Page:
Gentlemen only

Discussion in 'General Family History Queries' started by Brentor boy, Jul 12, 2018.

  1. Brentor boy

    Brentor boy Member

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    The announcement of my grandfather's funeral in Devon in 1947 included the request "Gentlemen only". I have only just discovered this and there is no one around now to ask. I can think of no reason.

    Can anyone suggest a possible explanation?
     
  2. Archie's Mum

    Archie's Mum Always digging up clues

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    Was he a mason?
     
  3. MollyMay

    MollyMay Knows where to find the answers!

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    Was it in Wales? - it seems to be a custom there for funerals to be men only

    I found this on a BBC Wales site
    upload_2018-7-12_8-2-10.png
     
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  4. AnnB

    AnnB Editor in Chief who is Hot off the Press!

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    I think you'll find this was something which happened countrywide, women being considered too delicate to handle the trauma of attending a funeral. I suspect that in some communities where 'old-fashioned' values carried on well past the Victorian era, this was still the case up until not that long ago - it would never surprise me if it still wasn't the case in some places.
     
  5. Brentor boy

    Brentor boy Member

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    Sue. That was one of my first thoughts but I have no reason to think he was. Unfortunately after his parents died his son destroyed all their personal papers and documents, which is making research difficult. I have to try and remember conversations with my mother from almost half a century ago. Perhaps I will try and obtain any press report of his funeral.

    Molly May. He lived and worked in Wales 1914/30 (?) but we have no Welsh antecedents.
     
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  6. Philippa

    Philippa Always a lady.

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    Seems it might have been tradition that only men attended the burial. Being a colony we carried on the same traditions and I know that "segregation" applied here. When my grandmother died in Queensland in 1953 the men went to the cemetery and "we women" (I was 12) waited at home in our lounge room for them to return. I don't know if Mum went to the Church beforehand or not, it's all a bit of a collage of memories for me, but I don't think she did.

    When my grandfather died in 1959 things had changed a little because my cousin remembers her mother going to that funeral but she (as a schoolkid) couldn't. Whether my aunt went to the church only or not I have no idea as I was well away from home by then.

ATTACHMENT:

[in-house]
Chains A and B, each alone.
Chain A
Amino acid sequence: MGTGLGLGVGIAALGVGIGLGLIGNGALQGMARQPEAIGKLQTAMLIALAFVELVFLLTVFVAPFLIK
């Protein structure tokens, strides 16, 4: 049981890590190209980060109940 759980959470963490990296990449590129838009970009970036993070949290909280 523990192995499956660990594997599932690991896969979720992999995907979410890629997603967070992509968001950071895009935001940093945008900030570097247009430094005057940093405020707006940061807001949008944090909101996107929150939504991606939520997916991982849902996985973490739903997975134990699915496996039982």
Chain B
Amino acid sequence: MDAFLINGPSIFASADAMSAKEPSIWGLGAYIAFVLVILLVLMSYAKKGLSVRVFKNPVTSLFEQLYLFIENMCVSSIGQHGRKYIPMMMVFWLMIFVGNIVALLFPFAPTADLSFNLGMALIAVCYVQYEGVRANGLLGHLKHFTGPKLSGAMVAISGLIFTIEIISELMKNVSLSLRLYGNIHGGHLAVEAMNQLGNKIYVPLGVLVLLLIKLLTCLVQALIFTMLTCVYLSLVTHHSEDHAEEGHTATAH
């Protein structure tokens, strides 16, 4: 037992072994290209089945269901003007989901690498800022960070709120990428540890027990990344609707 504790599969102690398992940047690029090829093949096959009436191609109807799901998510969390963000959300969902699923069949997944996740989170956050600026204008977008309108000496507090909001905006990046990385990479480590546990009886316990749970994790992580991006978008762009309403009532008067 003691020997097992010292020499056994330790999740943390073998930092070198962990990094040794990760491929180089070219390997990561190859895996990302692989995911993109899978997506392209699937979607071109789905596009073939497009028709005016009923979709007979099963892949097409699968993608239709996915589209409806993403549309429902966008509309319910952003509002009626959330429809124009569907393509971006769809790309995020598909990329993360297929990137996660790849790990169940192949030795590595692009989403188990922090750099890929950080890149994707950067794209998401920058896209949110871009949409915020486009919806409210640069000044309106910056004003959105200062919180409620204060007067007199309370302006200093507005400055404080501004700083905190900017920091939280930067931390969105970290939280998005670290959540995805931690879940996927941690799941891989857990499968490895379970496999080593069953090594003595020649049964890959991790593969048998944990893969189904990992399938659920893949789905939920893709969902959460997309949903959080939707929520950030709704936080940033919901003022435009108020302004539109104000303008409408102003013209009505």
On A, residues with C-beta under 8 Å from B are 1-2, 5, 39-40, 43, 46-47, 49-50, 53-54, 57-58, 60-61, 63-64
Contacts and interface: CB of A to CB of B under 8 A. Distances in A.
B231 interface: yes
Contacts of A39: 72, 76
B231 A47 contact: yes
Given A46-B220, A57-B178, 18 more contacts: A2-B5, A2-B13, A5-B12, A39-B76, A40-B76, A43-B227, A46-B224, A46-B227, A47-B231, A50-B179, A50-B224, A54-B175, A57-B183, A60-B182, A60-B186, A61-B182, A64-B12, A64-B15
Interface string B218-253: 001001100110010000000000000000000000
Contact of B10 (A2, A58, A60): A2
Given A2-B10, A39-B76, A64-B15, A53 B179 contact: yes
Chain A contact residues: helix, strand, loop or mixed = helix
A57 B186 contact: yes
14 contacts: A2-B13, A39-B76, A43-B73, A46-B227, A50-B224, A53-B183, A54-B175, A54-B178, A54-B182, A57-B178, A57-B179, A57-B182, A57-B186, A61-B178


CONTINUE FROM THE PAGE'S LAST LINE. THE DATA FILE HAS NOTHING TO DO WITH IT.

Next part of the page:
By the time my F-I-L died in 1967 it had completely changed and we all went to (through?) the whole deal.
     
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  7. Steve Bumstead

    Steve Bumstead Well-Known Member

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    I certainly attended family funerals in the 1960s that were "men only" by tradition I assume. I also attended a memorial service in the mid-1970s which was the same by the deceased's wish - rather more unusual I think.
     
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  8. Flook

    Flook A True Gentleman

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    There's an interesting piece on Victorian funerals on the Victorian History website.

    Although expected to mourn, women were generally advised against attending funerals, especially for those nearest and dearest to them. Cassell's Household Guide for 1878 discourages the practice pointing out that it is something done by female relatives in the poorer classes. It may also have been the case that the frequent practice of drinking both before and after the funeral not only by the funeral party, but by the undertaker and his assistants would have been upsetting. An article in Leisure Hour (1862) quotes the secretary of an English burial society that
    'Undertakers' men, . . . usually take whatever drink is given them, and are frequently unfit to perform their duty, and have reeled in carrying the coffin. The men who stand as mutes at the door are supposed to require most drink. I have seen these men reel about the road, and after the burial, we have been obliged to put these mutes and their staves into the interior of the hearse and drive them home, as they were incapapble of walking.'

    http://vichist.blogspot.com/2008/06/victorian-funerals-and-mourning.html
     
  9. Ma-dotcom

    Ma-dotcom A Bonza Little Digger!

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    I remember going with my Mother to the funeral of the son of a neighbour, so I obviously was not of school age. Even was given a handful of dirt to throw onto the coffin.
    Then again it was in rural Australian township. after 1940 & before 1960 ;)

    Also sort of remember feeling odd person out - probably only child there.
     
  10. Brentor boy

    Brentor boy Member

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    Thanks to everyone for their interesting and informative responses. Clearly not as unusual occurrence as I thought.
     
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